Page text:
A team of archaeologists from Preservation Virginia has been at work since 1994 uncovering the buried secrets of Jamestown.
When the Jamestown Rediscovery Archaeological Project started, the hope was to find the site of the original 1607 James Fort, which had been written off for more than 200 years as lost to shoreline erosion.
Since then, the team has discovered the fort and more than a million artifacts in the ground. Jamestown Unearthed is a recurring feature in WYDaily exploring the latest discoveries in and around James Fort.
The archaeologists spent much of last year’s digging season excavating what is believed to be the cellar of a building which once stood near the church. It’s only the second dig outside the fort’s walls, where dozens of buildings are believed to have been built as the colonists outgrew the fort’s confines.
Much work remains to be done at that site this year. But on the surrounding grounds are many more years of archaeology scattered across what is now an open field of low-cut grass and a couple of winding gravel paths used by Historic Jamestowne visitors. The archaeologists believed those grounds were the likely site for development beyond the walls.
They became more certain in 2013, after a University of Kentucky professor named Will Holmes took the Jamestown Rediscovery tour. While a tour guide was explaining the archaeologists’ work, he asked if the team had ever tried using a ground-penetrating radar to look through the dirt without having to disturb any soil.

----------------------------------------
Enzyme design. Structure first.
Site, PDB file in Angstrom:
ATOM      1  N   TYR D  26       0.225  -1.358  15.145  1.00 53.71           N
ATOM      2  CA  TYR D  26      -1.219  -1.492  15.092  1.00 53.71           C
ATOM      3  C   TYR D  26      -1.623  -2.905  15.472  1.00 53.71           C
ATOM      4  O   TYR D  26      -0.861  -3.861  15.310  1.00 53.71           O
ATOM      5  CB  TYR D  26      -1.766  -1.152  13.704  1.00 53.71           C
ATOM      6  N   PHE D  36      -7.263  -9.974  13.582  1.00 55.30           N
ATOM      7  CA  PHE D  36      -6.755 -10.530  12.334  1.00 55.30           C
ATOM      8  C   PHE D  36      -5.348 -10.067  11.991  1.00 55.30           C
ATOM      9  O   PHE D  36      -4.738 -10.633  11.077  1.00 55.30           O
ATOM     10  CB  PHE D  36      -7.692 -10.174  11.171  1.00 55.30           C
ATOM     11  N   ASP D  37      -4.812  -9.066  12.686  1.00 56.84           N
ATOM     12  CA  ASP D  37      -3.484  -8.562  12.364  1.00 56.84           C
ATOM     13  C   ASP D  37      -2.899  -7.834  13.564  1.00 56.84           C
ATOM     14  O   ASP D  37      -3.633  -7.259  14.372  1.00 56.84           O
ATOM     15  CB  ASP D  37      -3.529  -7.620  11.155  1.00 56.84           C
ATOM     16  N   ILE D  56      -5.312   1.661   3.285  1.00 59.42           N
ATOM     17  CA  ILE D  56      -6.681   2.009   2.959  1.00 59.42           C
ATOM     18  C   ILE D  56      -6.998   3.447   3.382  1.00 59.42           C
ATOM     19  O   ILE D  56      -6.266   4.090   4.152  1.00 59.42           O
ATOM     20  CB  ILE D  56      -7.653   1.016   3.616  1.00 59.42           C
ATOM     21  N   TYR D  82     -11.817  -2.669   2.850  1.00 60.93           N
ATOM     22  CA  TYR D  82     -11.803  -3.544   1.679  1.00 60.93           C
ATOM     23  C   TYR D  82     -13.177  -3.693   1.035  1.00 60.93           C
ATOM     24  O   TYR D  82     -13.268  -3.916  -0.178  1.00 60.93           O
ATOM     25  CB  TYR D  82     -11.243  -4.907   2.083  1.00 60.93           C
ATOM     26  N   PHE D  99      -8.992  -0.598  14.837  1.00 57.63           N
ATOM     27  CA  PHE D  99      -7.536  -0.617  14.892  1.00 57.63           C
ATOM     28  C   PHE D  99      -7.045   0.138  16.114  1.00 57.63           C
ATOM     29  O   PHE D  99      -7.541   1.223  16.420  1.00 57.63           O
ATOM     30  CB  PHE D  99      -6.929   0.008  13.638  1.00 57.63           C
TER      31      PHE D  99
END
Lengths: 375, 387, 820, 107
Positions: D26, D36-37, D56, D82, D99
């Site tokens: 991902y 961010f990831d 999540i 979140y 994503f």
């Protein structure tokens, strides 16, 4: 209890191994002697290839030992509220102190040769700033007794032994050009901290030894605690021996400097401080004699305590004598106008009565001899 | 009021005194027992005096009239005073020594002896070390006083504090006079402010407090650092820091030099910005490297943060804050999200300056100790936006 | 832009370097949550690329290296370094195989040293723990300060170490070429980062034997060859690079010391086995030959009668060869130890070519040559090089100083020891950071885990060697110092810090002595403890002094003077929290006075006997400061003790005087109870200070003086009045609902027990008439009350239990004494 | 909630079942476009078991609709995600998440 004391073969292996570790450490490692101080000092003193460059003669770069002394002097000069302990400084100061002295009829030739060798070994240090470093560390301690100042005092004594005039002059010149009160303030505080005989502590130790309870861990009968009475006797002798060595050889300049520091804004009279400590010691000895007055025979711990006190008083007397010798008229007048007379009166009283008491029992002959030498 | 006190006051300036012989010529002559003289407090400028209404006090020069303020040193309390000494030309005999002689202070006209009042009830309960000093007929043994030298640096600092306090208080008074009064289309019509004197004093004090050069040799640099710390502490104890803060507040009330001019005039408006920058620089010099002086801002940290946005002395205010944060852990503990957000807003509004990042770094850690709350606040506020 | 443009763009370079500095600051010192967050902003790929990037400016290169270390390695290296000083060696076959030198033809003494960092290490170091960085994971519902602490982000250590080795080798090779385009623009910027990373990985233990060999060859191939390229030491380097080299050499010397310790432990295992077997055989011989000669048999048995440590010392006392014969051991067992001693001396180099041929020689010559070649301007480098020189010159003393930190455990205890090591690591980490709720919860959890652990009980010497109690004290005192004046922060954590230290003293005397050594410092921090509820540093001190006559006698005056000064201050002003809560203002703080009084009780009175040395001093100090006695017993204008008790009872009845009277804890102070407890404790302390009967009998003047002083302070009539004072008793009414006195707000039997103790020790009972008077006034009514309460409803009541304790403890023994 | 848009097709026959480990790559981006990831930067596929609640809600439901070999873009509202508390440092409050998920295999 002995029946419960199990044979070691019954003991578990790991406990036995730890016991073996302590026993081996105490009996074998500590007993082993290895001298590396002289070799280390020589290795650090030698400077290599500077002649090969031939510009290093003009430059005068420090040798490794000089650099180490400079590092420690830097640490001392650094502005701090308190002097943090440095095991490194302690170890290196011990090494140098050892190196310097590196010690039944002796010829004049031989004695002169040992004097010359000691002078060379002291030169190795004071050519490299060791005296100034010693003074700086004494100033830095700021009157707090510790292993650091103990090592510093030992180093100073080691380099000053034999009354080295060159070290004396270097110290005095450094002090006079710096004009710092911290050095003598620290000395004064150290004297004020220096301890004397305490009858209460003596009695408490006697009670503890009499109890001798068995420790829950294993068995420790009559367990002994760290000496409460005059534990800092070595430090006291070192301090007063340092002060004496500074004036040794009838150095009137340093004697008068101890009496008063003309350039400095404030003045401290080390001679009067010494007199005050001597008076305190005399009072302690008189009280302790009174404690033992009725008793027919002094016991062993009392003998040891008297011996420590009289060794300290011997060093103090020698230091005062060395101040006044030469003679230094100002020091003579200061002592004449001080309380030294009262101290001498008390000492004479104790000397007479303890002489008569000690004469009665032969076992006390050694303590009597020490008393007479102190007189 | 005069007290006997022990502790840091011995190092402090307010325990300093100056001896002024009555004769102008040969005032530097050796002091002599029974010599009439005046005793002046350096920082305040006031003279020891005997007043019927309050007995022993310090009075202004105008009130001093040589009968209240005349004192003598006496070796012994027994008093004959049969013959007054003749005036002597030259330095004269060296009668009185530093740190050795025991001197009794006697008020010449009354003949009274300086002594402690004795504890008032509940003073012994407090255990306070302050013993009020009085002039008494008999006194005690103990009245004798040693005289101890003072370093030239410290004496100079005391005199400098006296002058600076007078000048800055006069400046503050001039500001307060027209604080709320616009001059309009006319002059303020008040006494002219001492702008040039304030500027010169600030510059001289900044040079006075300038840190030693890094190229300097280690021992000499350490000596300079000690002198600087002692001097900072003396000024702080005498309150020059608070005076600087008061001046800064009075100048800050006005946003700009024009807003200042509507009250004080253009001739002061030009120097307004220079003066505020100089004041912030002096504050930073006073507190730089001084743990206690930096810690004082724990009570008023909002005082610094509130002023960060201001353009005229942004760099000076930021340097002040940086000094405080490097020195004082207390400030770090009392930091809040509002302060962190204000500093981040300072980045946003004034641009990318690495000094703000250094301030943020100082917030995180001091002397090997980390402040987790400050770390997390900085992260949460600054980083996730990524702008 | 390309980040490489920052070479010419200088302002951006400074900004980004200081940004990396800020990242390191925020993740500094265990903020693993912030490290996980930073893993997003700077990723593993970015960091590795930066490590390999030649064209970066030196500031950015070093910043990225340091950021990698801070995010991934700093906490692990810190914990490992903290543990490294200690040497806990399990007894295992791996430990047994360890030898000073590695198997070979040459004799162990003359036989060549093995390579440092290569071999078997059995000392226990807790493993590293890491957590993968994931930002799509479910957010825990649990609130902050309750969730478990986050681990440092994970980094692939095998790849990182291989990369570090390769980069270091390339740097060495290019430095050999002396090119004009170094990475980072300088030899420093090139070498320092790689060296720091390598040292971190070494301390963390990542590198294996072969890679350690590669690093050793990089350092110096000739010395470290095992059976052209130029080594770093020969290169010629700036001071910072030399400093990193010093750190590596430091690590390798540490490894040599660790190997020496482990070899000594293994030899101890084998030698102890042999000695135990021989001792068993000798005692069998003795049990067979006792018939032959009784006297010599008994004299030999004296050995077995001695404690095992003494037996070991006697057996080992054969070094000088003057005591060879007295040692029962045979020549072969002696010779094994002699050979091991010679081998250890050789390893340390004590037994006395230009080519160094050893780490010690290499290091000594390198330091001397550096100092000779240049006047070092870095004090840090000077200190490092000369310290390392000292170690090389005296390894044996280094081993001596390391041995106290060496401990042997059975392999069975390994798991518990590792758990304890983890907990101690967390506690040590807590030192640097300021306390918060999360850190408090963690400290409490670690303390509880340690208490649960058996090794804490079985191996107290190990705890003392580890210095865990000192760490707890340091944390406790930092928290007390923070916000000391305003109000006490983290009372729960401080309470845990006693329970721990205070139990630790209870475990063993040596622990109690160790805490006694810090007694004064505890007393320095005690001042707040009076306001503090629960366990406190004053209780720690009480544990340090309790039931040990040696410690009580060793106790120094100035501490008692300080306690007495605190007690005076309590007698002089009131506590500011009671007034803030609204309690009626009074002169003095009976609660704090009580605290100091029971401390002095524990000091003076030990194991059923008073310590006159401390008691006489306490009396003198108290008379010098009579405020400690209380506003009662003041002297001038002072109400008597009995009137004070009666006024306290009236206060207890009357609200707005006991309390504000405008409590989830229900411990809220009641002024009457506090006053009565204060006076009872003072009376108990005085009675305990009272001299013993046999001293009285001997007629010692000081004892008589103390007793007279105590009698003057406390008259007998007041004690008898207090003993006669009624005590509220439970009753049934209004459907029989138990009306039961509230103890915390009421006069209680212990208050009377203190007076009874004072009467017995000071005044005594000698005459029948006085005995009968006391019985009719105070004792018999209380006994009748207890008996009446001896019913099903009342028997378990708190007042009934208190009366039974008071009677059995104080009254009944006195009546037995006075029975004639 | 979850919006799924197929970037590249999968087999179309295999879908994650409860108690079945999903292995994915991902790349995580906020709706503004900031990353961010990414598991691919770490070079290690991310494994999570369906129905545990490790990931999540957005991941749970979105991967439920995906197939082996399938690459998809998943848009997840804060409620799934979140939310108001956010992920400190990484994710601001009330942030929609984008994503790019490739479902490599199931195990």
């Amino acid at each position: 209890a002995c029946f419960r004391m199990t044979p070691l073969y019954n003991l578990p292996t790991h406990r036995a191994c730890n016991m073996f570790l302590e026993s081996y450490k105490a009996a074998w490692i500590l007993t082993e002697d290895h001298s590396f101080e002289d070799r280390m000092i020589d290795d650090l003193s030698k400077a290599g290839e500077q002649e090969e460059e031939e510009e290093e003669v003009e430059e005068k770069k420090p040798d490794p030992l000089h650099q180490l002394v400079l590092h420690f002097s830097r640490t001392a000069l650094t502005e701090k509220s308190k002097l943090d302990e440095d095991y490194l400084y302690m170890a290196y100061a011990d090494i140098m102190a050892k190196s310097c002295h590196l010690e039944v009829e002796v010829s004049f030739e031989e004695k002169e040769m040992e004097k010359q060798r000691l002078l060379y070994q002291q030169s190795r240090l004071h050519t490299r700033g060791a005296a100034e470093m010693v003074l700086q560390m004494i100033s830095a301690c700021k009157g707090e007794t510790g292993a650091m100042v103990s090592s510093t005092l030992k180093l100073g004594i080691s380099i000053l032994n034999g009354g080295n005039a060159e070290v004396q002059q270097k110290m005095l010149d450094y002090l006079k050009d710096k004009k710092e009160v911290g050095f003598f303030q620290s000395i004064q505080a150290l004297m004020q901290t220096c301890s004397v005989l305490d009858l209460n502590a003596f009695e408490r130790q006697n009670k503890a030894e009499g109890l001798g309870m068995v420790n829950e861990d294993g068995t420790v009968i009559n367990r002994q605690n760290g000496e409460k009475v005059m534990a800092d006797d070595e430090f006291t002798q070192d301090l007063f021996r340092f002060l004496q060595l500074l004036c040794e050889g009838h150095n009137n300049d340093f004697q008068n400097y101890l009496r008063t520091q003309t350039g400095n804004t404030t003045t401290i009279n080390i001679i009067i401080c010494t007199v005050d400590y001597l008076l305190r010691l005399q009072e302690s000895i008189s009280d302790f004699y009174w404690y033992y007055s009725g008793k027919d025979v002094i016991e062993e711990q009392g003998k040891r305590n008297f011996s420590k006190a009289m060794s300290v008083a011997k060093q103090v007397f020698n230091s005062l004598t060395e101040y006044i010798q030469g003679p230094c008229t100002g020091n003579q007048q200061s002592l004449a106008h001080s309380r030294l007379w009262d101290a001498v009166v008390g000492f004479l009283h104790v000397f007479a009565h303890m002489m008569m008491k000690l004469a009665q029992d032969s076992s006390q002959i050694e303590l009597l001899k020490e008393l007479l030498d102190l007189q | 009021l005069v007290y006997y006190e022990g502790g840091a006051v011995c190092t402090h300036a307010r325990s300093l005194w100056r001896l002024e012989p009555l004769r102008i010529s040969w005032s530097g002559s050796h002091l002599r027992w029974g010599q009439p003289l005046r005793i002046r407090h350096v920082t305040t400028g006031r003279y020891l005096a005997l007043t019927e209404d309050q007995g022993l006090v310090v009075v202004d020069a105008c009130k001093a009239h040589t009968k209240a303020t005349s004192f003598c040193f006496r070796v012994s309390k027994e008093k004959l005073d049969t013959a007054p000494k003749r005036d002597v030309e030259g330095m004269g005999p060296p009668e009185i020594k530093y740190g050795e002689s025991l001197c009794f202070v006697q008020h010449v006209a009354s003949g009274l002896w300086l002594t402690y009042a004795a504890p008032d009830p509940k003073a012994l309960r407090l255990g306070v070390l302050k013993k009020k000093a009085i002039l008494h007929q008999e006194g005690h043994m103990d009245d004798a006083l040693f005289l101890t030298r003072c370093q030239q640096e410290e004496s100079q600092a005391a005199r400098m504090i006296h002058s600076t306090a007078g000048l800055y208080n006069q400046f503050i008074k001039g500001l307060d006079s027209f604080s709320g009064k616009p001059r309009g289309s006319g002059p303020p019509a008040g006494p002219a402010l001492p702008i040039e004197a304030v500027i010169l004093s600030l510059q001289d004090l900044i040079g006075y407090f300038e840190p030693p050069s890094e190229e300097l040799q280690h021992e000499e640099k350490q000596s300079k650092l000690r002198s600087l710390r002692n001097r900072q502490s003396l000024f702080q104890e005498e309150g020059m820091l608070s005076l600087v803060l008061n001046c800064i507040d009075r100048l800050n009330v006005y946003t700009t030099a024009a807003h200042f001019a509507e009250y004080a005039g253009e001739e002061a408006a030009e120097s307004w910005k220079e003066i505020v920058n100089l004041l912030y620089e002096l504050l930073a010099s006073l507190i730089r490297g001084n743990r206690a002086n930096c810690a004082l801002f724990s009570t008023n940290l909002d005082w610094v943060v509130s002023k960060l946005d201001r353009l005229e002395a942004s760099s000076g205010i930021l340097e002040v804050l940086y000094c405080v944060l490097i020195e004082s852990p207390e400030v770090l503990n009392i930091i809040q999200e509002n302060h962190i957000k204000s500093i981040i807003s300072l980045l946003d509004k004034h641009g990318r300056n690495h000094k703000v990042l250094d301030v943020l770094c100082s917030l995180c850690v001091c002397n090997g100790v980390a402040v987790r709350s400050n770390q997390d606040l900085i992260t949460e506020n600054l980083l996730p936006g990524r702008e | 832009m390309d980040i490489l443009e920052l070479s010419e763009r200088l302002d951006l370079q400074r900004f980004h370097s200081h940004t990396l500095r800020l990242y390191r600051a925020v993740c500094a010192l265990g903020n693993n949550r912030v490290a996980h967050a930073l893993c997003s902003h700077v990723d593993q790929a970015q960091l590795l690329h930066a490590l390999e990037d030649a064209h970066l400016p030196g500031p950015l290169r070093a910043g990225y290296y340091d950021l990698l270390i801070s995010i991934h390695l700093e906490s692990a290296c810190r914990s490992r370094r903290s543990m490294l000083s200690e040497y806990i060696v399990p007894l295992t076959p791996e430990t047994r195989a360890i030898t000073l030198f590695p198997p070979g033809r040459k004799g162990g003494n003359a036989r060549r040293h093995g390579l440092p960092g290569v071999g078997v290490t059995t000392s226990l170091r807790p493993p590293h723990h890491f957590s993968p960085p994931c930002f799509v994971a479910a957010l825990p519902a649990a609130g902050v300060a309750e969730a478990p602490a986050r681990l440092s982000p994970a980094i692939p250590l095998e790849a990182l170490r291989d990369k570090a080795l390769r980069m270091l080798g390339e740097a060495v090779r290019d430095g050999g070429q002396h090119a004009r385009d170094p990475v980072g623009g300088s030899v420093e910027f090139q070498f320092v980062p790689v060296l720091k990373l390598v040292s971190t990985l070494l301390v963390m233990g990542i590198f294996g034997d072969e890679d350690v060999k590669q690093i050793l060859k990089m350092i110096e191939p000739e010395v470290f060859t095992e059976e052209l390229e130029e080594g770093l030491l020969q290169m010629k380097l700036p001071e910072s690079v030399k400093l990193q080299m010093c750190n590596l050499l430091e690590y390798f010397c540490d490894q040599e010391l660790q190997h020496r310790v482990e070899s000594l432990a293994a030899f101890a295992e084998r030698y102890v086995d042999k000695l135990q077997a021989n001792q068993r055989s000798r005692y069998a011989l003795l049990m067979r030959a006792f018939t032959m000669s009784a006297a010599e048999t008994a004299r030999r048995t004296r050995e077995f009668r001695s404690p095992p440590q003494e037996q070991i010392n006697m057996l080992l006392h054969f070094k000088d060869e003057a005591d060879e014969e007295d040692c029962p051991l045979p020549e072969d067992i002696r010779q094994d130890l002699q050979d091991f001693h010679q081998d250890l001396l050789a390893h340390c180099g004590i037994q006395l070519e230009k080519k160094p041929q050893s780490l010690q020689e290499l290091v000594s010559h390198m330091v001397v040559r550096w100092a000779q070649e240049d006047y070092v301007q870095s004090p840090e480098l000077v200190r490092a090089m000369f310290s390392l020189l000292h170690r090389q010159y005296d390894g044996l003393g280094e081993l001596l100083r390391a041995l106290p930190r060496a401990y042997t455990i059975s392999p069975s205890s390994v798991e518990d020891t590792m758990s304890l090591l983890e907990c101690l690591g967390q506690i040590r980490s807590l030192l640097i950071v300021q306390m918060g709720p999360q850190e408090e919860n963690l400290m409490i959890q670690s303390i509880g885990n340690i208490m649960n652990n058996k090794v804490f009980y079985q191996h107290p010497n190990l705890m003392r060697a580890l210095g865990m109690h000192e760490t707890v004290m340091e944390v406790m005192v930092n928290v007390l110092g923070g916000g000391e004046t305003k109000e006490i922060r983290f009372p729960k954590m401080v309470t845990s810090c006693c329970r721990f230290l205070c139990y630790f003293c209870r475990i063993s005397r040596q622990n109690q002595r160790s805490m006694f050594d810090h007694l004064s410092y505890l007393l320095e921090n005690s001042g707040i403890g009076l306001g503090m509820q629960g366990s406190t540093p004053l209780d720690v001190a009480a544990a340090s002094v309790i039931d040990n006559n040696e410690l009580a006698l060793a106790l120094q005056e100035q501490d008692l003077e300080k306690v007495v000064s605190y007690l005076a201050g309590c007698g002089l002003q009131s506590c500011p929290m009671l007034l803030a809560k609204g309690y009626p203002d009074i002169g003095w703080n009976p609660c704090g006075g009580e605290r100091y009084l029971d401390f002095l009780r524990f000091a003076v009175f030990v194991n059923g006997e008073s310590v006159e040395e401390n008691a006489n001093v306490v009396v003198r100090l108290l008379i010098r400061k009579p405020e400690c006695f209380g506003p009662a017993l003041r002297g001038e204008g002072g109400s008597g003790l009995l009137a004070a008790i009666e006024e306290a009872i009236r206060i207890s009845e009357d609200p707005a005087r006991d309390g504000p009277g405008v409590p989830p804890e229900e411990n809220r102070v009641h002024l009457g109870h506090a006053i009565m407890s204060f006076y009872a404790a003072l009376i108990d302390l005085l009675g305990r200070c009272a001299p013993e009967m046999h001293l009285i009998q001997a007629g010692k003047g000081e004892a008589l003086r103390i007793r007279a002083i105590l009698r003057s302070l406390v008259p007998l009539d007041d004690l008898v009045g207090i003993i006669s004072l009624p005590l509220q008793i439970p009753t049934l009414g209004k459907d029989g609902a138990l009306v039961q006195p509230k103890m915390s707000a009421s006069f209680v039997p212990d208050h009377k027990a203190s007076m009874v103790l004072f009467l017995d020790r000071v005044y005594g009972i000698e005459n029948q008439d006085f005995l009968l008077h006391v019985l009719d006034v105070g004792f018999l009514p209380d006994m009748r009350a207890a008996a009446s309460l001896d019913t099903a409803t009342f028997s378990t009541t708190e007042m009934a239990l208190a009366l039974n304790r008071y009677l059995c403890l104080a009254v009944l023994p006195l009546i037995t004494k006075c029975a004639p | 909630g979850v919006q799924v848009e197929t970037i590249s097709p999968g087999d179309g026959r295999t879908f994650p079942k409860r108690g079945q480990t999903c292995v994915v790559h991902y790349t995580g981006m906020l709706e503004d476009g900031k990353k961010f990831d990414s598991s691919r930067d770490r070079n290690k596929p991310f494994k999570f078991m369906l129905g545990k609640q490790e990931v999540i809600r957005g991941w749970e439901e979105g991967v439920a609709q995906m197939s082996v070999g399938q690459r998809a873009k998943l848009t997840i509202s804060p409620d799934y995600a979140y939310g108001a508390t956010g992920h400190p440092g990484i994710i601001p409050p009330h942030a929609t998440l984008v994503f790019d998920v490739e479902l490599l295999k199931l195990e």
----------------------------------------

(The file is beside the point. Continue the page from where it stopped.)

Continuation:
The professor was referred to David Givens, the senior staff archaeologist for Jamestown Rediscovery. After the two began talking, Holmes offered to bring ground-penetrating radar equipment to Jamestown to help map out what is underground.
Givens said the technology is similar to what boaters use to detect fish underwater. The radar is mounted on a wheeled device that looks like a lawn mower and is pushed across the ground, firing off high-frequency radio waves that pass through the dirt until they strike a hard object.
The radar produces a map of the ground underneath that looks much like the radar imagery meteorologists use on TV weather reports — blue represents normal soil and red shows hard items underground.
The equipment was deployed on grounds to the north and east of the fort and church for a week last November. It yielded a large map littered with bright red of the land the team thought once featured the dozens of buildings outside the fort’s walls.
“It showed us what we had known was there,” Givens said. “That gave us an idea of many areas with high potential.”
A few weeks ago, the team met to plan out the next few years of archaeology at Jamestown Island, with the maps produced by Holmes’ equipment informing their discussions. Once the current dig finishes, the archaeologists will begin working on the sites identified by the radar, including a spot about 200 feet north of the church where there is likely a well. A well is often a gold mine for archaeologists, as the colonists tended to discard items into it, resulting in a kind of time capsule.
The work provided the team enough information to plan digs for the next 10 years. Along with the spots to the north of the church, they are also planning to remove the floor in the church and conduct a dig. Givens said the radar detected anomalies beneath the church building, some of which are likely gravesites.
It also revealed the precise location of a road which once carried vehicles to a point near the Jamestowne Tercentennial Monument, where the Jamestown-Scotland Ferry once docked. Other discoveries include a road which once linked the Jamestown area with what is now Williamsburg and old electric and utility lines buried decades ago.
Givens said he hopes the team can use the technology again to help pinpoint future dig sites.
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